Scarlett’s bonfire night

It’s still spring and today was a balmy 28 degrees at around the middle of the day.  My bees were working overtime on all the flowers and blossom and the dogs lolled around in the courtyard, far too lazy to snap at the flies.  Having been overseas rather a lot lately, Scarlett, my MG has been rather neglected and today seemed an ideal opportunity to take the top down and roll her out for a run.

We have some lovely friends who live on a (small) mountaintop nearby and the drive up to the mount is just the place to put Scarlett through her paces.  They live on ten acres with a fine view of the countryside and distant Grampians and every year in November they have a huge bonfire of all the branches that have fallen from their many gum trees.  I arrived in time to stuff myself with the BBQ and home made cakes and for the temperature to plummet, relatively speaking, to a nippy 11 degrees as the sun set.

I drove Scarlett down their grassy hill to the site of the fire and parked her up in a line of trees just before the fire was lit. David, our host went through the male ritual of dousing the bonfire with diesel and throwing a crumpled lit newspaper onto the pyre.  With the now strong breeze blowing across the field, it quickly roared to life with the embers leaping up into the tree tops over 50 metres away.  I immediately envisaged a fireball landing inside Scarlett and so with the panicked speed of a thousand gazelles, I jumped in to move her out of the way.img_1858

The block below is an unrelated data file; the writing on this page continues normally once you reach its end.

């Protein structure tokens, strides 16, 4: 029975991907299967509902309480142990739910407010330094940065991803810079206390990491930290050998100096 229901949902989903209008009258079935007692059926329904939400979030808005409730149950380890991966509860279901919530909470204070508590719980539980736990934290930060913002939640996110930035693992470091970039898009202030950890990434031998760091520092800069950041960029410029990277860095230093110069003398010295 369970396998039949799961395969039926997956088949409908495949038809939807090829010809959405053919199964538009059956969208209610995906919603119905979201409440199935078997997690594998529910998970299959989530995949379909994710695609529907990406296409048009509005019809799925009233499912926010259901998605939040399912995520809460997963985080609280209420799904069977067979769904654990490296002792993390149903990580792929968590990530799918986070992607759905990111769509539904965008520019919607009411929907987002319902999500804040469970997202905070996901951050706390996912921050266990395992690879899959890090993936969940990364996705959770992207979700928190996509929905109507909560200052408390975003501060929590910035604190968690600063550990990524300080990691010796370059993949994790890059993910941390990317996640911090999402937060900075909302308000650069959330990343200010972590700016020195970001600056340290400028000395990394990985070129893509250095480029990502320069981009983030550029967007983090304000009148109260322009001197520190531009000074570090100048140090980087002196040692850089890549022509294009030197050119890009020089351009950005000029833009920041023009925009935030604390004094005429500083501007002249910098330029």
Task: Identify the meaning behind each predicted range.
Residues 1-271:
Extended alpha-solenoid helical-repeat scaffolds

I saw the other, more hardy souls, who owned the large 4WD’s that were sitting alongside my original parking space, glance disdainfully at my example of car preserving timidity and turn back to their beer.  One man, on his own detached from the group, walked past the huddled group of females (remember, it is an Australian BBQ) and wandered up the rise to Scarlett.  I lost sight of him as the fabled ‘red steer’ – an aerial fireball that is created when the superheated air ignites the vapours from the gum trees, exploded in the tops of trees and crackled ominously.  Almost as a man, they glanced nervously towards the shining paintwork of their vehicles and then back to Scarlett, sitting safely away from the conflagration. One by one, they slunk over to their chariots and moved them to a place of safety and then moved back to the now towering inferno, which has always struck me as one of the best of the cheesy 1970’s disaster movies and back to their beer.


The lone (obvious) Scarlett admirer, appeared by my smug side and after introducing himself showed me the photograph that he had taken just as the fire was catching.  It’s about as dramatic as you can get without the next picture being a smouldering shell of 60’s engineering from Mr. Morris’s garage.  It turned out that Steve, who is a local emergency room physician, was originally from Southhampton and like me, has an eye for old cars and self preservation.  It further transpired that he’s somewhat of an expert in pizza oven building having created several in various houses that he’d lived in over the years.  We have decided that I will swap wood chips, (more about that anon) for building advice.  Who said that living in the middle of nowhere doesn’t have its payoffs?  Not me, thats for sure.